Image: Nike

Nike and adidas have settled a number of matters, including short-lived patent lawsuit, over their respective knitted footwear technology. On the heels of Nike filing suit against adidas in a federal court in Portland last year, arguing that the German sportswear titan made unauthorized use of its “game-changing” – and patent protected – Flyknit technology (which it spent more than a decade and upwards of $100 million dollars researching and developing) for a rival collection of “Primeknit” shoes, the parties alerted the U.S. District Court for the District of Oregon that “they have reached a settlement of the matter in litigation such that the case is dismissed without prejudice,” with each party bearing its own attorneys’ fees and costs. 

Nike first lodged its patent infringement complaint against adidas in December 2021, alleging that in lieu of engaging in innovation, adidas has spent “much of the past decade challenging several of Nike’s patents directed to Flyknit technology,” and has “continued to use Nike’s patented technology without permission.” As a result, Nike claimed that “adidas offers dozens of footwear products that infringe [its] patents, including many of adidas’s so-called ‘Primeknit’ shoes.” In the since-settled case, Nike specifically alleged that adidas was infringing nine of its 300-or-so utility patents for the Flyknit tech “by making, using, offering for sale, selling, and/or importing into the United States footwear products that practice the claimed inventions,” all of which center on “a novel method of designing and manufacturing uppers that allows Nike to use yarns made of recycled materials and to knit the upper to the exact shape necessary.”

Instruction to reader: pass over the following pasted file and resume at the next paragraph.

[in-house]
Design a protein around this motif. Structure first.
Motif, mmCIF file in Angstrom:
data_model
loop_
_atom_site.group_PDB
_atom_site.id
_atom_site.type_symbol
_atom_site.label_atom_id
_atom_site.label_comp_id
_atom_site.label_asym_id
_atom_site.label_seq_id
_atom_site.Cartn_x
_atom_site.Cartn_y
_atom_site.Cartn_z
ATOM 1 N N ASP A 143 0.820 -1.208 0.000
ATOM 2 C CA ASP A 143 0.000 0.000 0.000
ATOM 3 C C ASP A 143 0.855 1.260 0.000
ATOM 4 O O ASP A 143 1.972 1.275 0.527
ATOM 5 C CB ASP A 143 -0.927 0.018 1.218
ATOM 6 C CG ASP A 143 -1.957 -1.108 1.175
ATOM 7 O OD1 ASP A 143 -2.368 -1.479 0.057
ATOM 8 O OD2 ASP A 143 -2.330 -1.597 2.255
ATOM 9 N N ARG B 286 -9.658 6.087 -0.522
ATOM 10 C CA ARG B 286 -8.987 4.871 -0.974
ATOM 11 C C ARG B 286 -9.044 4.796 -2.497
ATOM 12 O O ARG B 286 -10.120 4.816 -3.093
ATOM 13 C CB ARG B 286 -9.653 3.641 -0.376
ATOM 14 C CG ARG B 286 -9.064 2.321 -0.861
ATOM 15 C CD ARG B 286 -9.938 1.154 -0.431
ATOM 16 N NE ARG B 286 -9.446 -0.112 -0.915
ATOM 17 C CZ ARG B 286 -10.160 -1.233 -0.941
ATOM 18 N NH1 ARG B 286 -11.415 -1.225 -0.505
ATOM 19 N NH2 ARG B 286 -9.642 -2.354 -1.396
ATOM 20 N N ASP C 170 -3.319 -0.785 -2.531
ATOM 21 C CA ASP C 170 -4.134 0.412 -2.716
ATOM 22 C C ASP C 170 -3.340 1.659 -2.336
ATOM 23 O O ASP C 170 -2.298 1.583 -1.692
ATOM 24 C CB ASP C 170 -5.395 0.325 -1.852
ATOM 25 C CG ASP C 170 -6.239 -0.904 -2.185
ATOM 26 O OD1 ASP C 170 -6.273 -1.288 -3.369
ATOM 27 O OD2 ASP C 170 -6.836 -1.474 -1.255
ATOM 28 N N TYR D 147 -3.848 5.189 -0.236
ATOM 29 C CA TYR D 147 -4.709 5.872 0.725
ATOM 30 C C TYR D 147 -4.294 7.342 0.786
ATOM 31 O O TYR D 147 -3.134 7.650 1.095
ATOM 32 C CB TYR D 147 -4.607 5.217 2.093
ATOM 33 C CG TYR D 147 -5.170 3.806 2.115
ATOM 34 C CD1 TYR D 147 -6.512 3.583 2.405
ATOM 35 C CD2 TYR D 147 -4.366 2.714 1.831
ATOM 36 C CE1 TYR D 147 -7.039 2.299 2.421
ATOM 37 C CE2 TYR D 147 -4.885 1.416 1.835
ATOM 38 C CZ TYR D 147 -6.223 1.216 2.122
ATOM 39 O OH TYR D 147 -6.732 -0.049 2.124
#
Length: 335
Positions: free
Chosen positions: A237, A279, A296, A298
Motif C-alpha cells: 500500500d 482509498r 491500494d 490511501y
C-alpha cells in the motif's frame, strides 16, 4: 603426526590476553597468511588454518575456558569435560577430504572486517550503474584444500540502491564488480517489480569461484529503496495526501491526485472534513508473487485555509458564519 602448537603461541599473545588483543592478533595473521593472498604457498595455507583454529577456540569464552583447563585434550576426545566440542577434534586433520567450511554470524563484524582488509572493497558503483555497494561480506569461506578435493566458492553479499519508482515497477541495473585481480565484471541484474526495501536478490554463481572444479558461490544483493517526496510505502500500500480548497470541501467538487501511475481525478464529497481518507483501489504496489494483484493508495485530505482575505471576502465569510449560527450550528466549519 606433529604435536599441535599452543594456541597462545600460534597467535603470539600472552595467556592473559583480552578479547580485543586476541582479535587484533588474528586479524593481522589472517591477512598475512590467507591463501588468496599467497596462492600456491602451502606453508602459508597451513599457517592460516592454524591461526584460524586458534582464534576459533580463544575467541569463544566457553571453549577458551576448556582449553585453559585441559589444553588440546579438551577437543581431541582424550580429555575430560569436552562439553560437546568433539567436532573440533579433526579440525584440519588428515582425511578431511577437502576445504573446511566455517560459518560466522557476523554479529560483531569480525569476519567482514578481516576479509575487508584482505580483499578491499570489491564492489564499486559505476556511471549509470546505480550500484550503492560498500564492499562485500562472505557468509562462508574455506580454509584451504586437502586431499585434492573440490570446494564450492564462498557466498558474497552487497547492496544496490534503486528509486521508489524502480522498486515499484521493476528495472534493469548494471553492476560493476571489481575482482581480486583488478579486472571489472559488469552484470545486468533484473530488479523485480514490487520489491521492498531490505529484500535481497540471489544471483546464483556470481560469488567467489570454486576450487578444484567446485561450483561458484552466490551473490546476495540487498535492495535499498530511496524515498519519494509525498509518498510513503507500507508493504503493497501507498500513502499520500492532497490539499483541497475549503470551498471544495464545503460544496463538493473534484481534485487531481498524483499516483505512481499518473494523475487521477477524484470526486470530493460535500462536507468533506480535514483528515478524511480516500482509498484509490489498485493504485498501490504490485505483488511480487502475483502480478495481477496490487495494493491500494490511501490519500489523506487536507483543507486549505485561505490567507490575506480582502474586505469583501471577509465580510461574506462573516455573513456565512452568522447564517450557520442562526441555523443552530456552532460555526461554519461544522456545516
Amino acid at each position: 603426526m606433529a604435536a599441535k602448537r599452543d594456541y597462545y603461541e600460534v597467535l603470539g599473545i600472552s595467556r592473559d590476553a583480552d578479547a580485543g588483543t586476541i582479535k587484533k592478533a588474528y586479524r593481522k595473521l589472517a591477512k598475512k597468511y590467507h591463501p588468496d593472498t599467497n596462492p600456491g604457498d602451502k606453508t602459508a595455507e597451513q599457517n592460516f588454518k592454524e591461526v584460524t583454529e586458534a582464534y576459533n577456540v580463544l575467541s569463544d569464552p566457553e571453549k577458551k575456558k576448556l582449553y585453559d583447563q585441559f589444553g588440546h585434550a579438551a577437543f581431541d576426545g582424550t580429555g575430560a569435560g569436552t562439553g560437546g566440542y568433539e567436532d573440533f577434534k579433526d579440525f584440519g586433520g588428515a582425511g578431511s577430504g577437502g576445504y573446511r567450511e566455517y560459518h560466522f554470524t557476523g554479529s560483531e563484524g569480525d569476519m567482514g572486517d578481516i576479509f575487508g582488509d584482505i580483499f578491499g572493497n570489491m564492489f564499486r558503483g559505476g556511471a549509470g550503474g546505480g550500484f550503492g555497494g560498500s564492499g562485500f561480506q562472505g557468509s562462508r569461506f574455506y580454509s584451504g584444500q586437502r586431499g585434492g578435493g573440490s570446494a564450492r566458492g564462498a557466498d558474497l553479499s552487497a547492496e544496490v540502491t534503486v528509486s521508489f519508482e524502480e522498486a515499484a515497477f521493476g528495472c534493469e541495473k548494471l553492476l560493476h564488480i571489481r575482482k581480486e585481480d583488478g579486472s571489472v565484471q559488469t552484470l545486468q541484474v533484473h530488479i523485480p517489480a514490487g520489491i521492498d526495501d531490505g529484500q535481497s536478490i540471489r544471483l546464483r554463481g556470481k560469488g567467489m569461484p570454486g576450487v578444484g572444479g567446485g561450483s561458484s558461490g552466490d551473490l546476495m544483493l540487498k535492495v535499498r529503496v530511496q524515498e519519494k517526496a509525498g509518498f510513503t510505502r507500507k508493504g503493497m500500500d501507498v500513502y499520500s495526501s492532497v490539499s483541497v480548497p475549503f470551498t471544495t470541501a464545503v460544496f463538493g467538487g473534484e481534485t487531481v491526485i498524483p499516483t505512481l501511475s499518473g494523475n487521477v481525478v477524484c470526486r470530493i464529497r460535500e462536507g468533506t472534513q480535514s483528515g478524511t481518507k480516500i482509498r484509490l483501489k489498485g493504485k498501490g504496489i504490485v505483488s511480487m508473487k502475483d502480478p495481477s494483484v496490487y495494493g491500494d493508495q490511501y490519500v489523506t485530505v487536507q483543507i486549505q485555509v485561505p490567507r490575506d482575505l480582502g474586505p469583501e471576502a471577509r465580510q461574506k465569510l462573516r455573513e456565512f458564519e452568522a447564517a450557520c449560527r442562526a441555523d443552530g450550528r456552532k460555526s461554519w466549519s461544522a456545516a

According to Nike’s complaint, “adidas announced its Primeknit shoes five months after Nike announced Flyknit, [and] the industry immediately took note of the similarities between Nike’s patented Flyknit technology and the adidas’s Primeknit offerings.” Instead of seeking a “license to any of Nike’s patents covering Flyknit technology, adidas opted to challenge several of them, all while marketing a number of different infringing shoe styles and following on Nike’s innovation coattails into other sports,” the Swoosh asserted, setting out nine claims of patent infringement and seeking injunctive relief and enhanced damages. 

At the time of filing, adidas pushed back against Nike’s allegations, stating, “Our Primeknit technology resulted from years of dedicated research and shows our commitment to sustainability.”

Nike and adidas knitted sneakers
Nike’s Flyknit (top) & adidas’ Primeknit (bottom)

Prior to the parties’ settlement, the case had been put on hold, with the court granting adidas’ unopposed motion to stay the case pending the outcome of a U.S. International Trade Commission (“ITC”) investigation. On the same day that Nike filed suit against adidas, it also requested that the ITC institute an investigation of adidas based on its “unlawful and unauthorized importation into the United States, sale for importation, and/or sale within the United States after importation of certain knitted footwear products that infringe Nike’s patents protecting its Flyknit technology.” That proceeding – in connection with which Nike is looking to get the federal trade body to block the import of adidas’ allegedly infringing Primeknit footwear – has similarly been settled.